Plenty of writers believe that creative people are terrible business people, but that is not true. Learning to be an entrepreneur is just like learning to write. You read, study and practice to develop the skills to be good at not just writing books, but handling the business skills to be a financially successful author. This involves learning to handle your business finances, how to market your books even if you work with a traditional publisher and how to connect with your readers. You have to learn to create a strategy, monitor your progress and how to network with other writers so you can help each other succeed.
When you wrote your first story, you were not a great writer. Why would you think that when you start your first writing business that you would be fantastic? If you are willing to learn and use the business skills you need to market and sell your books, you can be a great entrepreneur. That is why Business Books for Writers teach business skills to writers and why the newspaper is called The Writing Entrepreneur. Anyone who makes their living as a writer is an entrepreneur. Anyone who wants to write full time must acquire the skills needed to be a great entrepreneur.
Writers make great entrepreneurs because both share a lot of the same characteristics. Let's look at just a few:
Writers make great entrepreneurs because they know how to tell great stories.
Both writers and entrepreneurs have to be able to tell a story in a way that captivates their reader. Writers do this to sell books. Entrepreneurs do this to sell their ideas or product or to get people to invest in their ideas. Either way, entrepreneurs and writers have to know how to tell a story so well that people want to buy from them.
Writers make great entrepreneurs because they are creative.
Writers must come up with creative solutions to their characters' problems or their stories are predictable and boring. Great entrepreneurs succeed through constant innovation. (Note: great entrepreneurs do not try to sell people things they don't need. That is a myth. Business people who believe this myth go bankrupt.) Writers come up with creative solutions to conflicts and problems their characters encounter. Entrepreneurs must be innovative or they lose their customers.
Writers make great entrepreneurs because they draw on their unique background and knowledge to develop what people want to buy.
Great writers don't create to what is selling now but draw on their unique experiences and expertise to create books that tell stories in ways their fans want to read. Great entrepreneurs draw on their background to produce products or services that people have never seen before or to improve on previous ideas.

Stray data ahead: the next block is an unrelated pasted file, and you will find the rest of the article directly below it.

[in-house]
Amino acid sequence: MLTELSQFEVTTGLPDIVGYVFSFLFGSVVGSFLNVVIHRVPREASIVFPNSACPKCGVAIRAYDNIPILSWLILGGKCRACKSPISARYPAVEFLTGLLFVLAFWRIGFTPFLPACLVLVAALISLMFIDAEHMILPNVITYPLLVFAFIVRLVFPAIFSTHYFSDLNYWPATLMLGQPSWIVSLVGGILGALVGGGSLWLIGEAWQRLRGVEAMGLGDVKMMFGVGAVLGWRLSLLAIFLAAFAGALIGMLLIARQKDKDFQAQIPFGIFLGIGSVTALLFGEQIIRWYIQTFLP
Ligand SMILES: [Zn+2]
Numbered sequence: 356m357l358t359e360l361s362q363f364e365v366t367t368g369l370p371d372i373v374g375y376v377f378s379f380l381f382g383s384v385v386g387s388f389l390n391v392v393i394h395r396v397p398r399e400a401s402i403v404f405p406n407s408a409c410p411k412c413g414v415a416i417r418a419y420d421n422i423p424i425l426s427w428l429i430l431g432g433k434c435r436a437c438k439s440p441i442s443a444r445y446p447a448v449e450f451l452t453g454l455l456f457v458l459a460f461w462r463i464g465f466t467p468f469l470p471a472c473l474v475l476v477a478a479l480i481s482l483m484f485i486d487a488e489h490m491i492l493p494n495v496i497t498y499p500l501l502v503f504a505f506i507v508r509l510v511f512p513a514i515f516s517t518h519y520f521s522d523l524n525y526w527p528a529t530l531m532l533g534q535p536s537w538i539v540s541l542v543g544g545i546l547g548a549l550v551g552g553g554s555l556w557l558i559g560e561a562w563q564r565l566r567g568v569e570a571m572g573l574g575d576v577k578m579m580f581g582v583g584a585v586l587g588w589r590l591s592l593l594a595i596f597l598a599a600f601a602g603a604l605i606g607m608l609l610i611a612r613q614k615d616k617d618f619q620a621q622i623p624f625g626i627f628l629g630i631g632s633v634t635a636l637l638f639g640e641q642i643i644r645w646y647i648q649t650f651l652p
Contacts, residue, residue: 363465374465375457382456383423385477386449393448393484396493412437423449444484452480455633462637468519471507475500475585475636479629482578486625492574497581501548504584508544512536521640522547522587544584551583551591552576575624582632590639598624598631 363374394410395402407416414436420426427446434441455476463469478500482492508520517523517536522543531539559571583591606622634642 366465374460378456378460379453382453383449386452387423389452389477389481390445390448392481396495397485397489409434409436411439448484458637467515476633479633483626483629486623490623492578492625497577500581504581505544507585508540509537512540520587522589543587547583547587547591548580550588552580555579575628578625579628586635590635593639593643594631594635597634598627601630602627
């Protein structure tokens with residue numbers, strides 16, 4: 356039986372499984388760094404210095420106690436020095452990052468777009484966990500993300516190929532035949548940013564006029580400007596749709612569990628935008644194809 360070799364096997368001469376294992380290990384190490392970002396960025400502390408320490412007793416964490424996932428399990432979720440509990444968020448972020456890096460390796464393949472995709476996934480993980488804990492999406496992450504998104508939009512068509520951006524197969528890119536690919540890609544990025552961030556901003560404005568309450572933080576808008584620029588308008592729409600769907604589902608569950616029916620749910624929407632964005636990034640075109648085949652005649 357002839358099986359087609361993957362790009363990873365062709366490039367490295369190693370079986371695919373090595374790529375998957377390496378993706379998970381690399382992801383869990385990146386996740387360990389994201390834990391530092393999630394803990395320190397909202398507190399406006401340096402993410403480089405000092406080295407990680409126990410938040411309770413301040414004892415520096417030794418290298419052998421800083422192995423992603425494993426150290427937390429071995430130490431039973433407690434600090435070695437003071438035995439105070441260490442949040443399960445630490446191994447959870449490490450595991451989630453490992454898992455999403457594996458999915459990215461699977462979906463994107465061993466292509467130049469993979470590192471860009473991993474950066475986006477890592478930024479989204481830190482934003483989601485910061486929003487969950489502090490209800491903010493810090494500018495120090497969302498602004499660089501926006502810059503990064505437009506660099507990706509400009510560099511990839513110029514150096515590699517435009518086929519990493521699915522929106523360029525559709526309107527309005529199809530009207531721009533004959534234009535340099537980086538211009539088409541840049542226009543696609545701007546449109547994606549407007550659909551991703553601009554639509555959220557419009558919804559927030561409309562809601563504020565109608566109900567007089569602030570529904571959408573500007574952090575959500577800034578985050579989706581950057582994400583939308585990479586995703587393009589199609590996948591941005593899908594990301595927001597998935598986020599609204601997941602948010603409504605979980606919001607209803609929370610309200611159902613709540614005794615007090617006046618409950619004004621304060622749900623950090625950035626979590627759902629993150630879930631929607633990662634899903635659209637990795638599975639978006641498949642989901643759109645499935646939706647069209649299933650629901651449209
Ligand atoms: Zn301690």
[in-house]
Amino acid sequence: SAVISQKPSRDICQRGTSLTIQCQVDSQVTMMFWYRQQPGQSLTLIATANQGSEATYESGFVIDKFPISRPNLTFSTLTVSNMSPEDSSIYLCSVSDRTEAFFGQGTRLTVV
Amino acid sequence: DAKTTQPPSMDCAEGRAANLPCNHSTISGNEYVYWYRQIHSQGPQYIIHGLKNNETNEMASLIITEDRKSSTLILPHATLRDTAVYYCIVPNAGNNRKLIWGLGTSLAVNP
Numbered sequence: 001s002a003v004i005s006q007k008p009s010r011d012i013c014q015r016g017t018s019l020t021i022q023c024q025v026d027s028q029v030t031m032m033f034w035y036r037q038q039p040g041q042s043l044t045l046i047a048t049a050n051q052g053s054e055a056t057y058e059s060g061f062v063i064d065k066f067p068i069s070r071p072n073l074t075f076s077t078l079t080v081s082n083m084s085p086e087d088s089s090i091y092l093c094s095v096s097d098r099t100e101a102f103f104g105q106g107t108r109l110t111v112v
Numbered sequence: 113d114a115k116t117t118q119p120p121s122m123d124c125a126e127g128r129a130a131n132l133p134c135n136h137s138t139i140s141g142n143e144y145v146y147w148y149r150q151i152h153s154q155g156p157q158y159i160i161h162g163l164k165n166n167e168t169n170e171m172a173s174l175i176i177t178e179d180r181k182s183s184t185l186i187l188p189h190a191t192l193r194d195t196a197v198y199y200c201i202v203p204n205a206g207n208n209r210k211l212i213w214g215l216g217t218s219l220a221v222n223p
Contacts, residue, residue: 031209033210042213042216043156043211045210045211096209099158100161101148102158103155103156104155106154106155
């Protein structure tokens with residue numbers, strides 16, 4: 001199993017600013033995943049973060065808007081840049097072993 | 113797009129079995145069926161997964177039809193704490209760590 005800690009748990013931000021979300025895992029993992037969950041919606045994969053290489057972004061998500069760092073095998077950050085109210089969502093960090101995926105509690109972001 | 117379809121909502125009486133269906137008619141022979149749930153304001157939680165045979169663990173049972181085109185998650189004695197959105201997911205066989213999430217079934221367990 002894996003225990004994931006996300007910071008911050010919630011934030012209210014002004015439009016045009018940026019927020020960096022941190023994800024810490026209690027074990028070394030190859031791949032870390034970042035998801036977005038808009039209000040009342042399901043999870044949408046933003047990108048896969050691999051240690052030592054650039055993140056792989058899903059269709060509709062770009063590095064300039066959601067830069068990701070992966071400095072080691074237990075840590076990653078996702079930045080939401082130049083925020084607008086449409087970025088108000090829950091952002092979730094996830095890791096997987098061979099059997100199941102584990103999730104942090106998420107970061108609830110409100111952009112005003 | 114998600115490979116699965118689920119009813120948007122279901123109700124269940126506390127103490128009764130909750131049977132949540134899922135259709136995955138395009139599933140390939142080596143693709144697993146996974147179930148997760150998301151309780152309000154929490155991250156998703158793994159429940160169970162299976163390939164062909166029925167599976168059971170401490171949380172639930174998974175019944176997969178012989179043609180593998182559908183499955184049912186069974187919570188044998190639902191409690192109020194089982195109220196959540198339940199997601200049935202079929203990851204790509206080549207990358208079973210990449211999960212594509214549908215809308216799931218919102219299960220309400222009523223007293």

Writers make great entrepreneurs because they like to learn new things and can teach themselves new skills.
Writers and entrepreneurs are relentless in always working to get better. Writers want to write faster. They want to learn to pull the reader so deep into their story that the reader believes the world described by the author. They take courses on how to develop more realistic characters, how to plot, how to write great hooks. They go to conferences to learn from the best writers. And they meet with fellow writers to get feedback on their ideas and their books. Entrepreneurs, like writers, are always taking classes. They go to conferences and work consistently to produce an improved product to better meet their customer's needs.
Writers make great entrepreneurs because they are willing to take risks to achieve their goals.
You have to be willing to take risks to leave a salary job and work full-time for yourself. Whether you are a writer or an entrepreneur if you earn your living by your own efforts, you are a risk taker. Great writers and entrepreneurs work hard to minimize risks and increase the odds of meeting their goals.
Writers make great entrepreneurs because they don't like to work for someone else.
Let's face it most writers don't like to be told what to do in their work. They prefer to work on their own, creating their stories according to their vision. Entrepreneurs go out on their own because they are creative and have ideas that large companies don't want to bother exploring. Entrepreneurs love the opportunity to realize their vision.
Writers make great entrepreneurs because they are always looking to get better at what they do.
You don't achieve success as a writer or entrepreneur if you are not continuously improving your craft and your skills. This drive to always improve is motivates writers and entrepreneurs.
Let's face it writers today must be entrepreneurs. The good news is we can be great entrepreneurs with classes, hard work and practice.
Many of us grew up believing that writers don't make great entrepreneurs. If you embrace this myth, you will convince yourself that you aren't good at business and you won't work to become a great entrepreneur.
A more dangerous myth is if you work to be a good businessperson then your art will suffer. Writers should see the fallacy here. Does working to be a better writer make you a worse writer? No. We all have to study and practice to become great writers.
The reality is if you are a writer, you have all the characteristics required to be a great entrepreneur, but learning to be good at business is just like learning to be a good writer. Ignore those who tell you that you cannot be a great entrepreneur.
Embrace the fact that writers make great entrepreneurs and start working on improving your business knowledge and skills today.
Are you looking to improve your entrepreneurial skills? Business Books For Writers wants to help.